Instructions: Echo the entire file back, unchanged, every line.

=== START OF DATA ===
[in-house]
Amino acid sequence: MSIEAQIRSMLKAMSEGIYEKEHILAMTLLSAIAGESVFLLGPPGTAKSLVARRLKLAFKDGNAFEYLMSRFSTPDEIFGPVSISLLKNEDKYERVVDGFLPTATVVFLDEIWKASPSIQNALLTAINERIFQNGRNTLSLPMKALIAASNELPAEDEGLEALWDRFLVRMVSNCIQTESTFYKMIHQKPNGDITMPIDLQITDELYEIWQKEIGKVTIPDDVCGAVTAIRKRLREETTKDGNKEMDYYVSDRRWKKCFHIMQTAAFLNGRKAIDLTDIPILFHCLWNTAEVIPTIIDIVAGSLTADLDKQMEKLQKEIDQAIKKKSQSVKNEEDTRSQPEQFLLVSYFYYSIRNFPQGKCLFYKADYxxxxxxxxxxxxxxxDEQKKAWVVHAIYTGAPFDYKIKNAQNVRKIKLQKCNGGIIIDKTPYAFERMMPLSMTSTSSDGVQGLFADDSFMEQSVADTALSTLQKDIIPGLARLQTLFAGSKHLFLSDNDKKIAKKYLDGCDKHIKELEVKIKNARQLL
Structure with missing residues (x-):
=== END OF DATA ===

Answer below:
[in-house]
Amino acid sequence: MSIEAQIRSMLKAMSEGIYEKEHILAMTLLSAIAGESVFLLGPPGTAKSLVARRLKLAFKDGNAFEYLMSRFSTPDEIFGPVSISLLKNEDKYERVVDGFLPTATVVFLDEIWKASPSIQNALLTAINERIFQNGRNTLSLPMKALIAASNELPAEDEGLEALWDRFLVRMVSNCIQTESTFYKMIHQKPNGDITMPIDLQITDELYEIWQKEIGKVTIPDDVCGAVTAIRKRLREETTKDGNKEMDYYVSDRRWKKCFHIMQTAAFLNGRKAIDLTDIPILFHCLWNTAEVIPTIIDIVAGSLTADLDKQMEKLQKEIDQAIKKKSQSVKNEEDTRSQPEQFLLVSYFYYSIRNFPQGKCLFYKADYxxxxxxxxxxxxxxxDEQKKAWVVHAIYTGAPFDYKIKNAQNVRKIKLQKCNGGIIIDKTPYAFERMMPLSMTSTSSDGVQGLFADDSFMEQSVADTALSTLQKDIIPGLARLQTLFAGSKHLFLSDNDKKIAKKYLDGCDKHIKELEVKIKNARQLL
Structure with missing residues (x-):